Pitching great Roger Clemens joined home-run king Barry Bonds among dozens of Major League Baseball players named on Thursday in the Mitchell Report that detailed widespread use of banned drugs in America's pastime.
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The sharply worded report by former US Senator George Mitchell called for unannounced year-round testing by an independent body to help end a pervasive culture of performance-enhancing drug use among all 30 big-league teams.
It blasted baseball ownership for overlooking the problem and the players' union's resistance to drug testing in the past for creating an environment that allowed drug cheating and cast doubt over some of the sport's most cherished records.
Players named for using steroids included a virtual Hall of Fame of some of the sport's biggest stars of recent years: Clemens, Bonds, Andy Pettitte, Jason Giambi, Gary Sheffield, Eric Gagne and Miguel Tejada.
Bonds, who set the single-season home run record of 73 in 2001 and this past season eclipsed Hank Aaron as baseball's all-time home run king, is facing trial on federal charges he lied to a grand jury in denying he used steroids.
Clemens, a seven-time winner of the Cy Young Award as best pitcher, angrily denied allegations in the Mitchell Report. Clemens, 45, pitched for the New York Yankees this past season.
Mitchell's 311-page report said it did not think players cited should be punished, given that many of the findings involved activities dating back almost a decade and before Major League Baseball and the Players' Association agreed in 2002 to drug testing.
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Major League Baseball Commissioner Bud Selig, who commissioned the report, told a news conference he would act on the recommendations.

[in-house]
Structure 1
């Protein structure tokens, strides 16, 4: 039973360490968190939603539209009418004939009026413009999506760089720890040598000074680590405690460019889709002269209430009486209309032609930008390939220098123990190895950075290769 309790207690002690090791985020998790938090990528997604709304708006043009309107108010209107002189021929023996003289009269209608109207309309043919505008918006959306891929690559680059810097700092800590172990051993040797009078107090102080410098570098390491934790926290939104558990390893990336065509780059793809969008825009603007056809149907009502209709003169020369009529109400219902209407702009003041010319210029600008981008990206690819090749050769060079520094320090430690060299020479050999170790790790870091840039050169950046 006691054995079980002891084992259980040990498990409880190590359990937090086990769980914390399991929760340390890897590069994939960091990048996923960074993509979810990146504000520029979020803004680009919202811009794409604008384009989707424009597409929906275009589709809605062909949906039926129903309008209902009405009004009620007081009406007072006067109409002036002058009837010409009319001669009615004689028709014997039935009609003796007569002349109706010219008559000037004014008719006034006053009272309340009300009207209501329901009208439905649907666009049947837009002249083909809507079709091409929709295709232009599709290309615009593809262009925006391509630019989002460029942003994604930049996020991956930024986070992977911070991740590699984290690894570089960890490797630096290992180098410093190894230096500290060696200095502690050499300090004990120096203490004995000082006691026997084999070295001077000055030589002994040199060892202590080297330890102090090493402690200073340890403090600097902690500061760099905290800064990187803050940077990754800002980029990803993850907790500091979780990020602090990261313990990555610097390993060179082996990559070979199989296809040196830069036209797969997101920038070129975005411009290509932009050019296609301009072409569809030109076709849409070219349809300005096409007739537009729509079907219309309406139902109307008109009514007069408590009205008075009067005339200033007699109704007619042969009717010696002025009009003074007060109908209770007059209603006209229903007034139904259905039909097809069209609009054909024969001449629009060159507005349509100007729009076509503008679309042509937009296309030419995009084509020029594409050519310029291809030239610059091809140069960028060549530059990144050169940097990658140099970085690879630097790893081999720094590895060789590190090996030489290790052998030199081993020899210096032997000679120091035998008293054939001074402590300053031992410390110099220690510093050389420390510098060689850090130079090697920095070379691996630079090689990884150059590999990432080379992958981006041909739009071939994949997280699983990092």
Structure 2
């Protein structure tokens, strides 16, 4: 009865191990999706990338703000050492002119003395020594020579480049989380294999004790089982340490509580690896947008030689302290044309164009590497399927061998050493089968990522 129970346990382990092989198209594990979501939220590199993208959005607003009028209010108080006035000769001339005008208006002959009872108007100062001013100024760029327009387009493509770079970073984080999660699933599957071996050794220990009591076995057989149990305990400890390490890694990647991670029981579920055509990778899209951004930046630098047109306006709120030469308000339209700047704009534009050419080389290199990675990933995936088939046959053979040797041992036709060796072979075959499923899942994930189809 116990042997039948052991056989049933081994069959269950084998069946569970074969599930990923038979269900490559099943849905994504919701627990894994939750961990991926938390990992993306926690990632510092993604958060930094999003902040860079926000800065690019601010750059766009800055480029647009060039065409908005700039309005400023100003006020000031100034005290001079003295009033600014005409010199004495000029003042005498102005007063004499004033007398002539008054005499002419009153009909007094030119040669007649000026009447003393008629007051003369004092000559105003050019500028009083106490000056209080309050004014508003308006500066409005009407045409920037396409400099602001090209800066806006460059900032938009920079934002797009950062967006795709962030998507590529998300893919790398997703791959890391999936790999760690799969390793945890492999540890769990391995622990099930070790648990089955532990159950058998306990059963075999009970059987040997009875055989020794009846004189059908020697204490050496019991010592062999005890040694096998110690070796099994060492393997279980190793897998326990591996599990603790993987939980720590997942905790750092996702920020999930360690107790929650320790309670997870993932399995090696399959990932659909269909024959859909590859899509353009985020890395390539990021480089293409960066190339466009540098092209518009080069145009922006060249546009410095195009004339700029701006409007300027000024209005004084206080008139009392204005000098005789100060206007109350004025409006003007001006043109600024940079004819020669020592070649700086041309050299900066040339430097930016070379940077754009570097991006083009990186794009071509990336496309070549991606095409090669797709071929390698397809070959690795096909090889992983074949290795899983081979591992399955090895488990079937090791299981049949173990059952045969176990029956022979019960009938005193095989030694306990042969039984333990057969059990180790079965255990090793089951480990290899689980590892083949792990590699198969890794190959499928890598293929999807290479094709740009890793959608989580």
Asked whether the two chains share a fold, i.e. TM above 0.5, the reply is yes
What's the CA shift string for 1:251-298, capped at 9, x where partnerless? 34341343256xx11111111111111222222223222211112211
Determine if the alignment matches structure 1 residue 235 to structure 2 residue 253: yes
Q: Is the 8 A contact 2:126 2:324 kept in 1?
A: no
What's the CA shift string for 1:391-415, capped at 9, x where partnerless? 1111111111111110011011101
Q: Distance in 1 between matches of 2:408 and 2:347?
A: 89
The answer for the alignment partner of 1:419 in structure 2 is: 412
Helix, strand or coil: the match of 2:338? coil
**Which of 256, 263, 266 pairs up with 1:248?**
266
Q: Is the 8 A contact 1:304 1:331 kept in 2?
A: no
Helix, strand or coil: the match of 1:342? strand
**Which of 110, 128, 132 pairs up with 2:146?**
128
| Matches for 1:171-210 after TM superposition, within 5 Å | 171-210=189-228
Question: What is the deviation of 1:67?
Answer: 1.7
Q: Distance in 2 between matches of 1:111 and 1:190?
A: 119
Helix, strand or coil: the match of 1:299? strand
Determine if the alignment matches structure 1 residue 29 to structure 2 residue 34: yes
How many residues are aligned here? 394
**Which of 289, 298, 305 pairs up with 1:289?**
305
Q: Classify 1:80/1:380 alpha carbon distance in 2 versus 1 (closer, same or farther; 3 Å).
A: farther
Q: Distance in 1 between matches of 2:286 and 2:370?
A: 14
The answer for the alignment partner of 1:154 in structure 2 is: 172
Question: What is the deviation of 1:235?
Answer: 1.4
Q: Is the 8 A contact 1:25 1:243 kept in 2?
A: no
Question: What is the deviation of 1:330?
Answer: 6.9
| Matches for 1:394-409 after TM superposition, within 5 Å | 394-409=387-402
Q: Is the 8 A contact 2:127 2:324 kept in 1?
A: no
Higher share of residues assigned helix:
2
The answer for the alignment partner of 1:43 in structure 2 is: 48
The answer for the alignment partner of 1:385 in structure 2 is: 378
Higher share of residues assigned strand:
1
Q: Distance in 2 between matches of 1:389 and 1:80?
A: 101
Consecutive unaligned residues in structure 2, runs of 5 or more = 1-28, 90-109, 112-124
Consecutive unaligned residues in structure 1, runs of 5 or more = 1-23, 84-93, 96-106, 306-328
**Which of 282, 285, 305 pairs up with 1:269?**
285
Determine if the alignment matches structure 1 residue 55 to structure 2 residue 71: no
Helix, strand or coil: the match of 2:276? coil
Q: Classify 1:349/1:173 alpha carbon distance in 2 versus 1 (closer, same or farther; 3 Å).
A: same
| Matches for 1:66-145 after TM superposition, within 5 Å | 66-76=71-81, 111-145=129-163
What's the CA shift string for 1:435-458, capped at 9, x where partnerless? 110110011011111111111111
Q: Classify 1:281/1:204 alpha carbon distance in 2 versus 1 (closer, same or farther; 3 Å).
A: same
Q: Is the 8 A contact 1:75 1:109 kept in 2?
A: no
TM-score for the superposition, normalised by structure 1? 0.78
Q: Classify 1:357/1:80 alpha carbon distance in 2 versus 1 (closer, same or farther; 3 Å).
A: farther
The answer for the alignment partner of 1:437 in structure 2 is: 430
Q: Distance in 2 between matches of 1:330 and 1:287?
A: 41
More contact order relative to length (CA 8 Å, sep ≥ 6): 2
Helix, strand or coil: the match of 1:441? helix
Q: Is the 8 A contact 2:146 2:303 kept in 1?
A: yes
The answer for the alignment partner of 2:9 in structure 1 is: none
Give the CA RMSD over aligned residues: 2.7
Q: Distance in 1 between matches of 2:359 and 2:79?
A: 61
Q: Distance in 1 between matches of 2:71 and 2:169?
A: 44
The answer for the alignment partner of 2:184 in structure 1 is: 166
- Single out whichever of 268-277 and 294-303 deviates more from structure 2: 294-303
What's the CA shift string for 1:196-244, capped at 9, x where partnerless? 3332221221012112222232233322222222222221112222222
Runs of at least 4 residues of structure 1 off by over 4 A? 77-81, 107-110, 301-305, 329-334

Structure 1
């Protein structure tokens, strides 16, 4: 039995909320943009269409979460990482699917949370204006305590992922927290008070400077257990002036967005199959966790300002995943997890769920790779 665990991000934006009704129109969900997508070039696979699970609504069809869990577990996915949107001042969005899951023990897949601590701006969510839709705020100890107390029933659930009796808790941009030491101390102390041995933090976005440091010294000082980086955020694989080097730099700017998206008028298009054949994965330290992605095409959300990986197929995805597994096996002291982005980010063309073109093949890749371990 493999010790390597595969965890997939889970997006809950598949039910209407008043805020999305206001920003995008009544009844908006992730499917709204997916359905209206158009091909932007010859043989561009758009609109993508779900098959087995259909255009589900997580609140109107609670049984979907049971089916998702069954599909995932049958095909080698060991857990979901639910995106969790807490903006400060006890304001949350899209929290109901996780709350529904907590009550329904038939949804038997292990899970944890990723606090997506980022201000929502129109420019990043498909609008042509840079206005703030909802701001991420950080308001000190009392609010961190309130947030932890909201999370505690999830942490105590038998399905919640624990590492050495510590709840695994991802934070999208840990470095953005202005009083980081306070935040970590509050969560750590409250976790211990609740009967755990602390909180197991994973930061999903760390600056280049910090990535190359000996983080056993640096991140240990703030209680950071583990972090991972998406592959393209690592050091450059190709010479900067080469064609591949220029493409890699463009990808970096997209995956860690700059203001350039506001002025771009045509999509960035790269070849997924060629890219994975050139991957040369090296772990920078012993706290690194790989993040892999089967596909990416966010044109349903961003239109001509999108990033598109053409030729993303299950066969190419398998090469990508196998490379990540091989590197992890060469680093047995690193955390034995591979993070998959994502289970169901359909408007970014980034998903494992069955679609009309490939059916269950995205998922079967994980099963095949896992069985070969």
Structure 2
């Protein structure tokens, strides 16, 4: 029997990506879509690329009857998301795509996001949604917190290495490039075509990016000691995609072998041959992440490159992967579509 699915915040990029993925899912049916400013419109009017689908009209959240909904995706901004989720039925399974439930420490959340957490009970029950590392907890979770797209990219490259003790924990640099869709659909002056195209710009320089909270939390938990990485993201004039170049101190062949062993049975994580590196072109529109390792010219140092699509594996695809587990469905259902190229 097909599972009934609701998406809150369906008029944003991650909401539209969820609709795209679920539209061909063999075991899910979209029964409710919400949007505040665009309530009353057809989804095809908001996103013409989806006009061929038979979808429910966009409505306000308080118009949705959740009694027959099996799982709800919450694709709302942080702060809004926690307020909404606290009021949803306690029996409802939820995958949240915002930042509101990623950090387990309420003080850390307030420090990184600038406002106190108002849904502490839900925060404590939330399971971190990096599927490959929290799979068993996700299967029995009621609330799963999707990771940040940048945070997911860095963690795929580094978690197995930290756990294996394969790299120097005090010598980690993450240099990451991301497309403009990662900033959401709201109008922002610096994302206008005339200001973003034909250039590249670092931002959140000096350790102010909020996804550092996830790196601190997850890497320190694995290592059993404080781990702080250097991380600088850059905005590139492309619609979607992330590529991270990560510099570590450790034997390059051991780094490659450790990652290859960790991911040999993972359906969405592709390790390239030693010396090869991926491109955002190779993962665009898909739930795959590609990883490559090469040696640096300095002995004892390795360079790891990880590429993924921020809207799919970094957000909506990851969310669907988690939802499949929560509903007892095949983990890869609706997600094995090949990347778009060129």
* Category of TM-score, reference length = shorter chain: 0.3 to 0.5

Selig said he reserved the right to discipline active players named in the report.
"I'm going to review his findings and the factual support," he said. "Punishments will be taken on a case-by-case basis."
In his news conference, Mitchell said, "For more than a decade there has been widespread illegal use of anabolic steroids and other performance-enhancing substances by players in Major League Baseball in violation of federal law and baseball policy.
"The response by baseball was slow to develop and was initially ineffective," said Mitchell, a former US Senate majority leader, who launched the independent probe into doping in baseball in March 2006.
The report drew heavily on testimony from a former New York Mets clubhouse attendant who cooperated as part of a plea deal with federal officials after his arrest for distributing drugs.
Major League Baseball Players Association chief Donald Fehr said players may have been treated unfairly by the report.
"Many players were named. Their reputations have been adversely affected, probably forever, even if it turns out down the road that they should not have been named," he told a news conference.
"Anyone interested in fairly assessing allegations against the players should consider the nature of the evidence presented, the reliability of the source."
The biggest shock in the report involved detailed allegations by Clemens' personal trainer, Brian McNamee, of steroid use by the pitcher.
A lawyer for Clemens issued a statement saying he was outraged his name was included in the report.
"Roger has been repeatedly tested for these substances and he has never tested positive," attorney Rusty Hardin said.
"Roger Clemens adamantly, vehemently or whatever adjective can be used, denies he has ever used steroids or whatever the word is for improper substance."
Mitchell said that since the start of steroids testing, the use of Human Growth Hormone has risen because, unlike steroids, it is not detectable through urine testing.
Mitchell said former baseball Commissioner Fay Vincent told him the problem was possibly "the most serious challenge that baseball has faced since the 1919 Black Sox scandal" -- when Chicago White Sox players conspired with gamblers to affect the outcome of the World Series.
The investigation linked more than 50 players to performance-enhancing drugs who had not been previously associated with doping and also named 24 others who had been previously cited in press reports and by the BALCO probe.
"It is a sad, sad day for the national pastime and all who love America," U.S. Anti-Doping Agency chief Travis Tygart told Reuters. "All involved should be ashamed."
Two US congressmen who held a 2005 hearing on steroids in baseball that rattled the sport said they planned to invite Mitchell, Selig and Fehr to another hearing next Tuesday.